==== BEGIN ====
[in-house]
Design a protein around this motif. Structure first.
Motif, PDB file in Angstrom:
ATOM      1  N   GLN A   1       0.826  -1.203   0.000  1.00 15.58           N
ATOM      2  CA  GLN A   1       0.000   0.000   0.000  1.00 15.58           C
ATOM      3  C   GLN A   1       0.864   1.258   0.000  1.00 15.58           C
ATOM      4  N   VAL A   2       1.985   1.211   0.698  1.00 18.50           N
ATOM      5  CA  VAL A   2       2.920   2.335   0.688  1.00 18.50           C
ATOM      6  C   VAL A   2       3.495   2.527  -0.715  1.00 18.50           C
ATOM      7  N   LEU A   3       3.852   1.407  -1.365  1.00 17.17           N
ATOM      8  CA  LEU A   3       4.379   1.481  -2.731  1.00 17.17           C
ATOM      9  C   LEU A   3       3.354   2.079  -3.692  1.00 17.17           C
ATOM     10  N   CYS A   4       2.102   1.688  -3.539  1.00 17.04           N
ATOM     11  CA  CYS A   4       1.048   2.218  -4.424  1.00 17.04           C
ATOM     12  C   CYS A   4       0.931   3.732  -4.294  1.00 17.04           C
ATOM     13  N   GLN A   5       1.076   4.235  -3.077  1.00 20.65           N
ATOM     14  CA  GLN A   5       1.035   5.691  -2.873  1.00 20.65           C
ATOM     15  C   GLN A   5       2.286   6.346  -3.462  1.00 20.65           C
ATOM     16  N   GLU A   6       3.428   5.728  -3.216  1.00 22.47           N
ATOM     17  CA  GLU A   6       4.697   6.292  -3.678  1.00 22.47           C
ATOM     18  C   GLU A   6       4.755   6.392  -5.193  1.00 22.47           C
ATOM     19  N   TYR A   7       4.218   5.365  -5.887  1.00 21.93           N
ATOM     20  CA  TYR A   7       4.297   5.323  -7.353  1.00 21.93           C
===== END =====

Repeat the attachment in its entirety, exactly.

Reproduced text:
[in-house]
Design a protein around this motif. Structure first.
Motif, PDB file in Angstrom:
ATOM      1  N   GLN A   1       0.826  -1.203   0.000  1.00 15.58           N
ATOM      2  CA  GLN A   1       0.000   0.000   0.000  1.00 15.58           C
ATOM      3  C   GLN A   1       0.864   1.258   0.000  1.00 15.58           C
ATOM      4  N   VAL A   2       1.985   1.211   0.698  1.00 18.50           N
ATOM      5  CA  VAL A   2       2.920   2.335   0.688  1.00 18.50           C
ATOM      6  C   VAL A   2       3.495   2.527  -0.715  1.00 18.50           C
ATOM      7  N   LEU A   3       3.852   1.407  -1.365  1.00 17.17           N
ATOM      8  CA  LEU A   3       4.379   1.481  -2.731  1.00 17.17           C
ATOM      9  C   LEU A   3       3.354   2.079  -3.692  1.00 17.17           C
ATOM     10  N   CYS A   4       2.102   1.688  -3.539  1.00 17.04           N
ATOM     11  CA  CYS A   4       1.048   2.218  -4.424  1.00 17.04           C
ATOM     12  C   CYS A   4       0.931   3.732  -4.294  1.00 17.04           C
ATOM     13  N   GLN A   5       1.076   4.235  -3.077  1.00 20.65           N
ATOM     14  CA  GLN A   5       1.035   5.691  -2.873  1.00 20.65           C
ATOM     15  C   GLN A   5       2.286   6.346  -3.462  1.00 20.65           C
ATOM     16  N   GLU A   6       3.428   5.728  -3.216  1.00 22.47           N
ATOM     17  CA  GLU A   6       4.697   6.292  -3.678  1.00 22.47           C
ATOM     18  C   GLU A   6       4.755   6.392  -5.193  1.00 22.47           C
ATOM     19  N   TYR A   7       4.218   5.365  -5.887  1.00 21.93           N
ATOM     20  CA  TYR A   7       4.297   5.323  -7.353  1.00 21.93           C